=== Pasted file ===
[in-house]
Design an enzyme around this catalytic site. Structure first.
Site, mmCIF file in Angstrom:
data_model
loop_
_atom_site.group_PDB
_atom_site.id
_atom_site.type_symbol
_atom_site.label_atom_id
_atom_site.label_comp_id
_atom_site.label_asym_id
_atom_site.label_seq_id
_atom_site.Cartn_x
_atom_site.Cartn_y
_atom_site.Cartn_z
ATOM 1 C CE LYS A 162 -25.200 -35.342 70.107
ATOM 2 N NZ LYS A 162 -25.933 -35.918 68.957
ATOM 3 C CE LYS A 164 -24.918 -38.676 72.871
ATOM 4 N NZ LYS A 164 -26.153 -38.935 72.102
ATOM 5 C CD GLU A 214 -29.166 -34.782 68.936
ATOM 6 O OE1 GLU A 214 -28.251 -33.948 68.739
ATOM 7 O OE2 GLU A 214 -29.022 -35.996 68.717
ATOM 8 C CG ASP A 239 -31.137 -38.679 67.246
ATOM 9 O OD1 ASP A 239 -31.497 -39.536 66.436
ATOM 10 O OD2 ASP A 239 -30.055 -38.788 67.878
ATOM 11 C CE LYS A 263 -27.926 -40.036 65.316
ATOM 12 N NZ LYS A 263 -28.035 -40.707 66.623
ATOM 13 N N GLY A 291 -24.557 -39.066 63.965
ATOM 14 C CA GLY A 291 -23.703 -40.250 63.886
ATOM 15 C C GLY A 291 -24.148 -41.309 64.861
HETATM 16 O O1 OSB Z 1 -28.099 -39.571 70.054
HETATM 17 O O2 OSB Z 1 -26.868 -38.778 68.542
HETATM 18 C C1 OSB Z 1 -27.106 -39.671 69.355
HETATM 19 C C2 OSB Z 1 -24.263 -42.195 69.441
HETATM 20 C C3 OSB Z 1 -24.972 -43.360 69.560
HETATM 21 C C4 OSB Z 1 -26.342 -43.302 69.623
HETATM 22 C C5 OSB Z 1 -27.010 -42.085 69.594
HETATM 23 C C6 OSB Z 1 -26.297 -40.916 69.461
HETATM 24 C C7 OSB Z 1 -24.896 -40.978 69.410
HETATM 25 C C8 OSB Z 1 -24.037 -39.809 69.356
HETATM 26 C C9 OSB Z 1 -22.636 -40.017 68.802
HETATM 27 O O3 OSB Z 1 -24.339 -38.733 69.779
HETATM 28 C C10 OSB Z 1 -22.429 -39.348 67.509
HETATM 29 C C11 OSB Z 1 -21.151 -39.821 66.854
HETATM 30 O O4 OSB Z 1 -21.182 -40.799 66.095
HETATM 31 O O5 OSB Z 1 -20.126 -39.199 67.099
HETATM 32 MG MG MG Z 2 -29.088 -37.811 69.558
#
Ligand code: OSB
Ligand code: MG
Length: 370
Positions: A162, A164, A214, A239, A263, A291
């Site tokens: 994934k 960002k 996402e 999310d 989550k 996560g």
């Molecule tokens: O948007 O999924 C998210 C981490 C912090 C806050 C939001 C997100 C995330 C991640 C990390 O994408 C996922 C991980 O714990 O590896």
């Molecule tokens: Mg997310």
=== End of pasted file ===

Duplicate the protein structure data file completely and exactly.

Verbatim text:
[in-house]
Design an enzyme around this catalytic site. Structure first.
Site, mmCIF file in Angstrom:
data_model
loop_
_atom_site.group_PDB
_atom_site.id
_atom_site.type_symbol
_atom_site.label_atom_id
_atom_site.label_comp_id
_atom_site.label_asym_id
_atom_site.label_seq_id
_atom_site.Cartn_x
_atom_site.Cartn_y
_atom_site.Cartn_z
ATOM 1 C CE LYS A 162 -25.200 -35.342 70.107
ATOM 2 N NZ LYS A 162 -25.933 -35.918 68.957
ATOM 3 C CE LYS A 164 -24.918 -38.676 72.871
ATOM 4 N NZ LYS A 164 -26.153 -38.935 72.102
ATOM 5 C CD GLU A 214 -29.166 -34.782 68.936
ATOM 6 O OE1 GLU A 214 -28.251 -33.948 68.739
ATOM 7 O OE2 GLU A 214 -29.022 -35.996 68.717
ATOM 8 C CG ASP A 239 -31.137 -38.679 67.246
ATOM 9 O OD1 ASP A 239 -31.497 -39.536 66.436
ATOM 10 O OD2 ASP A 239 -30.055 -38.788 67.878
ATOM 11 C CE LYS A 263 -27.926 -40.036 65.316
ATOM 12 N NZ LYS A 263 -28.035 -40.707 66.623
ATOM 13 N N GLY A 291 -24.557 -39.066 63.965
ATOM 14 C CA GLY A 291 -23.703 -40.250 63.886
ATOM 15 C C GLY A 291 -24.148 -41.309 64.861
HETATM 16 O O1 OSB Z 1 -28.099 -39.571 70.054
HETATM 17 O O2 OSB Z 1 -26.868 -38.778 68.542
HETATM 18 C C1 OSB Z 1 -27.106 -39.671 69.355
HETATM 19 C C2 OSB Z 1 -24.263 -42.195 69.441
HETATM 20 C C3 OSB Z 1 -24.972 -43.360 69.560
HETATM 21 C C4 OSB Z 1 -26.342 -43.302 69.623
HETATM 22 C C5 OSB Z 1 -27.010 -42.085 69.594
HETATM 23 C C6 OSB Z 1 -26.297 -40.916 69.461
HETATM 24 C C7 OSB Z 1 -24.896 -40.978 69.410
HETATM 25 C C8 OSB Z 1 -24.037 -39.809 69.356
HETATM 26 C C9 OSB Z 1 -22.636 -40.017 68.802
HETATM 27 O O3 OSB Z 1 -24.339 -38.733 69.779
HETATM 28 C C10 OSB Z 1 -22.429 -39.348 67.509
HETATM 29 C C11 OSB Z 1 -21.151 -39.821 66.854
HETATM 30 O O4 OSB Z 1 -21.182 -40.799 66.095
HETATM 31 O O5 OSB Z 1 -20.126 -39.199 67.099
HETATM 32 MG MG MG Z 2 -29.088 -37.811 69.558
#
Ligand code: OSB
Ligand code: MG
Length: 370
Positions: A162, A164, A214, A239, A263, A291
């Site tokens: 994934k 960002k 996402e 999310d 989550k 996560g």
């Molecule tokens: O948007 O999924 C998210 C981490 C912090 C806050 C939001 C997100 C995330 C991640 C990390 O994408 C996922 C991980 O714990 O590896």
């Molecule tokens: Mg997310």